Tag Archives: board involvement

How board members can increase funding without asking for money

 

One of the biggest fears shared by charitable board members is the fear of asking for money. For most charities, raising funds through board members is a duty and, quite frankly, an obligation. But, when push comes to shove, few board members enjoy tapping their friends, co-workers, and fellow community leaders for financial support. Serving on several boards and directly working with many more, I can readily sense board members who dislike soliciting donations.

But why does there need to be such a fear about raising funds?

Board members are typically recruited to non-profit organizations because of their professional or community influence and affluence. They bring significant experience, knowledge, and connections…the ingredients necessary to represent, govern and generate support for the organizations they serve.

When asked about the sources of resistance, the responses I repeatedly receive include the fear of being asked to return the favor to support a different organization; or fear in receiving a negative response; or, fear of potentially impairing a relationship with a co-worker, client, or vendor. These are tough situations for a board member and, quite honestly, future board members.

Here’s my advice to board members who are hesitant or concerned about asking others for charitable donations.

Work with the charity’s staff leadership, specifically the executive and/or development director, to identify prospective donors with whom you have connections. These can be individuals, businesses, and foundations.

Take it a step further by helping them craft a solicitation strategy for each prospect. While each prospective donor may require a different approach, an appropriate amount of cultivation will advance the relationship-building process between the charity and the potential donor.

One very simple, yet effective action you can take is scheduling an initial meeting between the organization (represented by a lead staff or board member) and the prospect.

Creating the opportunity for the organization to identify and cultivate potential “investors” is what non-profit organizations would love to see from their board leaders. It’s quite possible that by taking these simple, yet effective, steps may influence the raising of more money than anticipated!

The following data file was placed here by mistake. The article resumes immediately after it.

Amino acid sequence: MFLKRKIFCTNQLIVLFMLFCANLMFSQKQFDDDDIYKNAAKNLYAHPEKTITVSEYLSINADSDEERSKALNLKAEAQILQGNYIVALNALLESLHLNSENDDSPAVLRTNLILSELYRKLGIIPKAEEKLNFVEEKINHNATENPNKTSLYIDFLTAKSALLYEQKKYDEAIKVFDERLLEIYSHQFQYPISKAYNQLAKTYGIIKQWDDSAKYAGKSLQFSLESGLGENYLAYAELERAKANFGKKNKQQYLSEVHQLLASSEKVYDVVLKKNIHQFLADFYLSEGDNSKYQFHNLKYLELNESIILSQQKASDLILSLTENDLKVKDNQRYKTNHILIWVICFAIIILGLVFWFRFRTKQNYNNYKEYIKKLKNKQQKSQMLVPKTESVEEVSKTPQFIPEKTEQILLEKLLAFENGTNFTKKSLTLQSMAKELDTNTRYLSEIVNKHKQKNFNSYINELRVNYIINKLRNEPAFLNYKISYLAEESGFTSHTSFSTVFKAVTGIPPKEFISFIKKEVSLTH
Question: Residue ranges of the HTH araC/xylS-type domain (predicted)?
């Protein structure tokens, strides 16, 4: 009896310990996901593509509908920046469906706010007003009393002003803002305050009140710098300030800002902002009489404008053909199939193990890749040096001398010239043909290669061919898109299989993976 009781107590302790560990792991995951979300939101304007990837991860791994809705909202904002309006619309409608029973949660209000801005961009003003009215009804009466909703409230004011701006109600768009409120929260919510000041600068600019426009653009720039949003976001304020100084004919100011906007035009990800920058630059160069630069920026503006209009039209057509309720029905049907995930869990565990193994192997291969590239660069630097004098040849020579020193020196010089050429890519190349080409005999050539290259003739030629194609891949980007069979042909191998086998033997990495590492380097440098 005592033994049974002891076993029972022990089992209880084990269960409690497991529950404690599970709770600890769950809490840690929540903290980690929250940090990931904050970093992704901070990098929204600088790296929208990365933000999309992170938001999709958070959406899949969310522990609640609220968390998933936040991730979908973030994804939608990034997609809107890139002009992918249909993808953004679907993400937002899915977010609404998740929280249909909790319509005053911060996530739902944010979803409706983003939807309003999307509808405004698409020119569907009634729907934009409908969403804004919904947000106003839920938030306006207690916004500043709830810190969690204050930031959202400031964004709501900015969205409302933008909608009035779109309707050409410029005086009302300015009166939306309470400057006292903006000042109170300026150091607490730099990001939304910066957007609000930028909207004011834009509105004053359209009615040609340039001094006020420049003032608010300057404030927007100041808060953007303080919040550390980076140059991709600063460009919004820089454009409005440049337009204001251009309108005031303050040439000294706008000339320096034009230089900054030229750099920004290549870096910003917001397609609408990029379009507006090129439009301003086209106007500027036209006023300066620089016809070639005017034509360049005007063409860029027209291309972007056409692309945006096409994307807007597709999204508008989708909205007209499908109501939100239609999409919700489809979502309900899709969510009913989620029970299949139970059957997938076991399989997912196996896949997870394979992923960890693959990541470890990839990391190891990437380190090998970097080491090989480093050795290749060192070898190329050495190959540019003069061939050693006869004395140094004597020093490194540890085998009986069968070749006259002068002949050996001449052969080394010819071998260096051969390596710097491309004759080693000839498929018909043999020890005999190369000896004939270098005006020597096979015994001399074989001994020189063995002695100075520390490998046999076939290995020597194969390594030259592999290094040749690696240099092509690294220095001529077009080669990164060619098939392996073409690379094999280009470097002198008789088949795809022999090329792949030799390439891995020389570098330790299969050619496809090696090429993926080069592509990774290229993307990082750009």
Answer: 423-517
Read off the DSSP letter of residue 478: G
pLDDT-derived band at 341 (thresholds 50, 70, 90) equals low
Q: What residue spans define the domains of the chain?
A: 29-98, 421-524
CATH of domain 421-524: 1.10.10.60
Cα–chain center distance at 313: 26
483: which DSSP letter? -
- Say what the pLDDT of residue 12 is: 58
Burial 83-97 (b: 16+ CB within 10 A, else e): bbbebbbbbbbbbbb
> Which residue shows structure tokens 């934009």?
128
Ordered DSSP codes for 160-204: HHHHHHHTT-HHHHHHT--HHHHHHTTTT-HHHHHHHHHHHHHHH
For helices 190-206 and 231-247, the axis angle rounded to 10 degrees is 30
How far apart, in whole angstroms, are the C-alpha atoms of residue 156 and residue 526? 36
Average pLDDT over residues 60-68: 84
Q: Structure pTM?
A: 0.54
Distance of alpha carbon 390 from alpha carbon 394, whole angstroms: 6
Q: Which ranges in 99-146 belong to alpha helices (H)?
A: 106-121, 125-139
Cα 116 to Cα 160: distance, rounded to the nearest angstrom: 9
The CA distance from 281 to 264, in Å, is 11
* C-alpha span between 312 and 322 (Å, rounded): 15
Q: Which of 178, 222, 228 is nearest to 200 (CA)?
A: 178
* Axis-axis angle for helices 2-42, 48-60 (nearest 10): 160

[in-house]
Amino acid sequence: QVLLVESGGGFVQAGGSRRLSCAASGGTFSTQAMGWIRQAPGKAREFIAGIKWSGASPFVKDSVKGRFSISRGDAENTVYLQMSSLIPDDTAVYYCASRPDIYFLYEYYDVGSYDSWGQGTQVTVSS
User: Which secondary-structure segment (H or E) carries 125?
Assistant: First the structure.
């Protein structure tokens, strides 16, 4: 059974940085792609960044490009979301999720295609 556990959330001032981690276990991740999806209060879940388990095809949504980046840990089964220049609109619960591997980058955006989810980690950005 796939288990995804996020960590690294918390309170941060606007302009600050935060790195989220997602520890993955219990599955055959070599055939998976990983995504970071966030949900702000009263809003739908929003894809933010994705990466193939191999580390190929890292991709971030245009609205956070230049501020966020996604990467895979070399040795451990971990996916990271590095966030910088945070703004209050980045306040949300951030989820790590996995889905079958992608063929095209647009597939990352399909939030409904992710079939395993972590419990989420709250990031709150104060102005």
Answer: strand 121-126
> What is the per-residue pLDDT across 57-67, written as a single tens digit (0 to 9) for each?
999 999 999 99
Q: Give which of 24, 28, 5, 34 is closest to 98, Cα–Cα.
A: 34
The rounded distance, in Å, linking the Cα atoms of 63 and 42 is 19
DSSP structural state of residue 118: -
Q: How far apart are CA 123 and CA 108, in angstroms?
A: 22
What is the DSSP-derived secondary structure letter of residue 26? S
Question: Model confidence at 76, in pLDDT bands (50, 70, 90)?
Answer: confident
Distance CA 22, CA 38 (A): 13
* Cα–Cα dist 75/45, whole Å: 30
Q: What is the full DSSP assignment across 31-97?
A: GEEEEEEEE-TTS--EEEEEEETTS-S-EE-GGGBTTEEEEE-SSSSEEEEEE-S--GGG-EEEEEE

Young leaders ready for community boards

By Pete Parker

It’s time to prepare our Generation X & Y counterparts for community leadership.

I’ve read recent blogs addressing young leadership and their roles or, lack thereof, on non-profit boards. In Emily Heard’s “Why Don’t More Members of Gens X and Y Join Boards”, she reminds us that only 2% of board members were aged 30 or younger according to Board Source’s Nonprofit Governance Index 2007 study. Various reasons for the lack of young board leadership were listed, most predominantly (in my opinion) was “skepticism about the need to have various generations on boards”.

I’m a Gen Xer who has served on no less than 10 boards over the past five years. Despite my relative lack of board experience, I can share that boards can certainly use an infusion of fresh leadership. Though the “freshness” does not necessarily need to relate to age, there are certainly advantages of recruiting young leaders, including:

  • Fresh perspectives
  • Ease in orienting, training and mentoring
  • Enthusiasm to serve on committees
  • Knowledge of the ever-advancing technology
  • Ability to network through social media channels
  • Connection to young future leaders

 They also possess the characteristic of caring. I have seen many board members (perhaps myself included) lose the interest and passion they once held for certain causes and organizations, yet remain on boards. New leaders, particularly young activists, can pick up the load once carried by active board members and move it and the organization forward.

I found the following statement in Rosetta Thurman’s blog, “Do Nonprofit Boards Really Want Younger Members” particularly insightful…“The “under 30” focus is really important to note because that age bracket encompasses all of Generation Y, the largest generational demographic behind the Baby Boomers at 80 million strong. Which means that there are a lot of young people out there who can be recruited for board service.”

It reminded me of the Meyer Foundation’s Ready to Lead report in 2008, which stated that “the nonprofit sector will undergo large-scale executive turnover in the near term and that it is uncertain if we have a workforce that is willing, prepared, and—not least of all—enthusiastically ready to assume leadership positions.” There are far more baby boomers than Gen Xers and Yers, potentially leaving a significant leadership void within our communities.

It is time to address the future strength, vision and impact of our community organizations. Thankfully, organizations such as the Points of Light Institute, HandsOn Network and local volunteer centers are in place and addressing community leadership on a daily basis.

Here in Northern Nevada, a solid group of leaders has chosen to propel the young leadership continuum forward. For the past two years, the Reno-Tahoe Young Professionals Network has focused its efforts on introducing young professionals to community and civic organizations. In fact, it launched a donor-funded campaign to educate and engage young leaders with organizations seeking key volunteers and board members. In its brief year of existence, The Pebble Project has linked 324 young professionals with 61 local community organizations.